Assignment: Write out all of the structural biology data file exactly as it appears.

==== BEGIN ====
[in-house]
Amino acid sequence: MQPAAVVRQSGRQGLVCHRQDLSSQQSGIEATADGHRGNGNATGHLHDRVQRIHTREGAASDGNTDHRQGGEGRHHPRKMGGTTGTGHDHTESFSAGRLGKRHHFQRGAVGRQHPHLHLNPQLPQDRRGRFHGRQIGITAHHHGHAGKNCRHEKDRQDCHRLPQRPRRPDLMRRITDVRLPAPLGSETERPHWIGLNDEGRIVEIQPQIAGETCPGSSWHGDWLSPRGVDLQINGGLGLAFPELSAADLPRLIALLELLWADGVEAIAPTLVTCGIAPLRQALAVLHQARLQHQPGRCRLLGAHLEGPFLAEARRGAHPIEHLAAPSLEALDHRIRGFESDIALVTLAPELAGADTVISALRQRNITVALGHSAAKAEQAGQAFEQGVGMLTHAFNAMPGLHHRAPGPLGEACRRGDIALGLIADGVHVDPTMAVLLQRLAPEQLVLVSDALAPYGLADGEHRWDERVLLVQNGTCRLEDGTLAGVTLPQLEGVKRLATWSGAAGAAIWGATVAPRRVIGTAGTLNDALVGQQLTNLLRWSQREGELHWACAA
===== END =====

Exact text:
[in-house]
Amino acid sequence: MQPAAVVRQSGRQGLVCHRQDLSSQQSGIEATADGHRGNGNATGHLHDRVQRIHTREGAASDGNTDHRQGGEGRHHPRKMGGTTGTGHDHTESFSAGRLGKRHHFQRGAVGRQHPHLHLNPQLPQDRRGRFHGRQIGITAHHHGHAGKNCRHEKDRQDCHRLPQRPRRPDLMRRITDVRLPAPLGSETERPHWIGLNDEGRIVEIQPQIAGETCPGSSWHGDWLSPRGVDLQINGGLGLAFPELSAADLPRLIALLELLWADGVEAIAPTLVTCGIAPLRQALAVLHQARLQHQPGRCRLLGAHLEGPFLAEARRGAHPIEHLAAPSLEALDHRIRGFESDIALVTLAPELAGADTVISALRQRNITVALGHSAAKAEQAGQAFEQGVGMLTHAFNAMPGLHHRAPGPLGEACRRGDIALGLIADGVHVDPTMAVLLQRLAPEQLVLVSDALAPYGLADGEHRWDERVLLVQNGTCRLEDGTLAGVTLPQLEGVKRLATWSGAAGAAIWGATVAPRRVIGTAGTLNDALVGQQLTNLLRWSQREGELHWACAA